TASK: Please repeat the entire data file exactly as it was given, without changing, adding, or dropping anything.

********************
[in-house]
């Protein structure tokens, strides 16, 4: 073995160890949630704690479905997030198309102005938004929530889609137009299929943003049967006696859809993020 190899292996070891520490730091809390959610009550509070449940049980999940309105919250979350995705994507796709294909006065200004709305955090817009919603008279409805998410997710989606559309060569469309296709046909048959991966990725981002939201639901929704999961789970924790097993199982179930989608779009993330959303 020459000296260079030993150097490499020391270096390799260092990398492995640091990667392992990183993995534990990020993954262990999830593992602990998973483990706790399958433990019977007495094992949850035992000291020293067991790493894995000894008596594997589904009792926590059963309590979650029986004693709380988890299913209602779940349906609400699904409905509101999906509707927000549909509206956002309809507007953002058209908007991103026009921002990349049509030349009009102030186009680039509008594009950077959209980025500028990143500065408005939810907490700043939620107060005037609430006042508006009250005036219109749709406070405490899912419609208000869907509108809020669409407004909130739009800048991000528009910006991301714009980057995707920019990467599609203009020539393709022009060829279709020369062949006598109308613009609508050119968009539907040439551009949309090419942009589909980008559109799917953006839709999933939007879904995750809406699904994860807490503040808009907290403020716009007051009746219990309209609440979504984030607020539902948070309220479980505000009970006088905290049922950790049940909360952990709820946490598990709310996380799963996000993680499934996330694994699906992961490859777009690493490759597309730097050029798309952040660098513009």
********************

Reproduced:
[in-house]
């Protein structure tokens, strides 16, 4: 073995160890949630704690479905997030198309102005938004929530889609137009299929943003049967006696859809993020 190899292996070891520490730091809390959610009550509070449940049980999940309105919250979350995705994507796709294909006065200004709305955090817009919603008279409805998410997710989606559309060569469309296709046909048959991966990725981002939201639901929704999961789970924790097993199982179930989608779009993330959303 020459000296260079030993150097490499020391270096390799260092990398492995640091990667392992990183993995534990990020993954262990999830593992602990998973483990706790399958433990019977007495094992949850035992000291020293067991790493894995000894008596594997589904009792926590059963309590979650029986004693709380988890299913209602779940349906609400699904409905509101999906509707927000549909509206956002309809507007953002058209908007991103026009921002990349049509030349009009102030186009680039509008594009950077959209980025500028990143500065408005939810907490700043939620107060005037609430006042508006009250005036219109749709406070405490899912419609208000869907509108809020669409407004909130739009800048991000528009910006991301714009980057995707920019990467599609203009020539393709022009060829279709020369062949006598109308613009609508050119968009539907040439551009949309090419942009589909980008559109799917953006839709999933939007879904995750809406699904994860807490503040808009907290403020716009007051009746219990309209609440979504984030607020539902948070309220479980505000009970006088905290049922950790049940909360952990709820946490598990709310996380799963996000993680499934996330694994699906992961490859777009690493490759597309730097050029798309952040660098513009």